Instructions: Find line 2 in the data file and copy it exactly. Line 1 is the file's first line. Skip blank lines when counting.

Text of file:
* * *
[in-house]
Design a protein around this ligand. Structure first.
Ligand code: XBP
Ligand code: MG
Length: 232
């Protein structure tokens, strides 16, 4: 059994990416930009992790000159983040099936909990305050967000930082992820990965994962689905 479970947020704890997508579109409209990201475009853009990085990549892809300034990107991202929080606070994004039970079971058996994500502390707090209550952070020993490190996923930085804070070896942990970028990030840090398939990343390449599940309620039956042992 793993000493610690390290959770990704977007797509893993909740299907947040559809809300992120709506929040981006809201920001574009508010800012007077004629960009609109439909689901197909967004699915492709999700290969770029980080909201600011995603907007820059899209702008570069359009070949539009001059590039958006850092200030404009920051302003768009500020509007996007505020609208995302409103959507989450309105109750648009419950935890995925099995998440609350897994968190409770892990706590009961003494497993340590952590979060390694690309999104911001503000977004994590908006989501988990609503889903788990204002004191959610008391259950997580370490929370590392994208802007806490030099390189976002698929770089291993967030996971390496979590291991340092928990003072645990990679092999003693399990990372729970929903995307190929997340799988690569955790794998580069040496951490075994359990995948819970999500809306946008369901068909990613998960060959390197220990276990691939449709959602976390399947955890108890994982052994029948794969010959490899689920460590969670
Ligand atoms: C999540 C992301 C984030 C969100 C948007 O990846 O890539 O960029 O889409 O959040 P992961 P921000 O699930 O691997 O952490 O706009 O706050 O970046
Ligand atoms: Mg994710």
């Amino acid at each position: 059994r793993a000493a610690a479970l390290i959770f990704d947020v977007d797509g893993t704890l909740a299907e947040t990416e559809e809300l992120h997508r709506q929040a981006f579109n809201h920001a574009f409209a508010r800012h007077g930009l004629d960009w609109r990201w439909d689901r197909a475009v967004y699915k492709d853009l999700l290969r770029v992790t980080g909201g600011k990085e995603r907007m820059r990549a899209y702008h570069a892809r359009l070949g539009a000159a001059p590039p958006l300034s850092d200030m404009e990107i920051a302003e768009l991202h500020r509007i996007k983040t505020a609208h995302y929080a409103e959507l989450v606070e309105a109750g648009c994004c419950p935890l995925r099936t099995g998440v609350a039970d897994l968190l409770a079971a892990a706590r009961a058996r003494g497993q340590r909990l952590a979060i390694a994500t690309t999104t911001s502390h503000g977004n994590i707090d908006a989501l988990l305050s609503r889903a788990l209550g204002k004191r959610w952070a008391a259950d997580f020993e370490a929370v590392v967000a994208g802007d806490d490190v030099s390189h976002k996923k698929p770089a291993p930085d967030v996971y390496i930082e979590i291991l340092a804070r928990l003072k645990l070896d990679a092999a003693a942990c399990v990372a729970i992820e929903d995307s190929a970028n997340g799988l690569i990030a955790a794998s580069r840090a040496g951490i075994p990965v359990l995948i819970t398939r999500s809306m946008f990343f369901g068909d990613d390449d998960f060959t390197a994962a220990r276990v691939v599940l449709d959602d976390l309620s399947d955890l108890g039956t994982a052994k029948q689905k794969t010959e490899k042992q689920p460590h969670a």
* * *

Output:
Design a protein around this ligand. Structure first.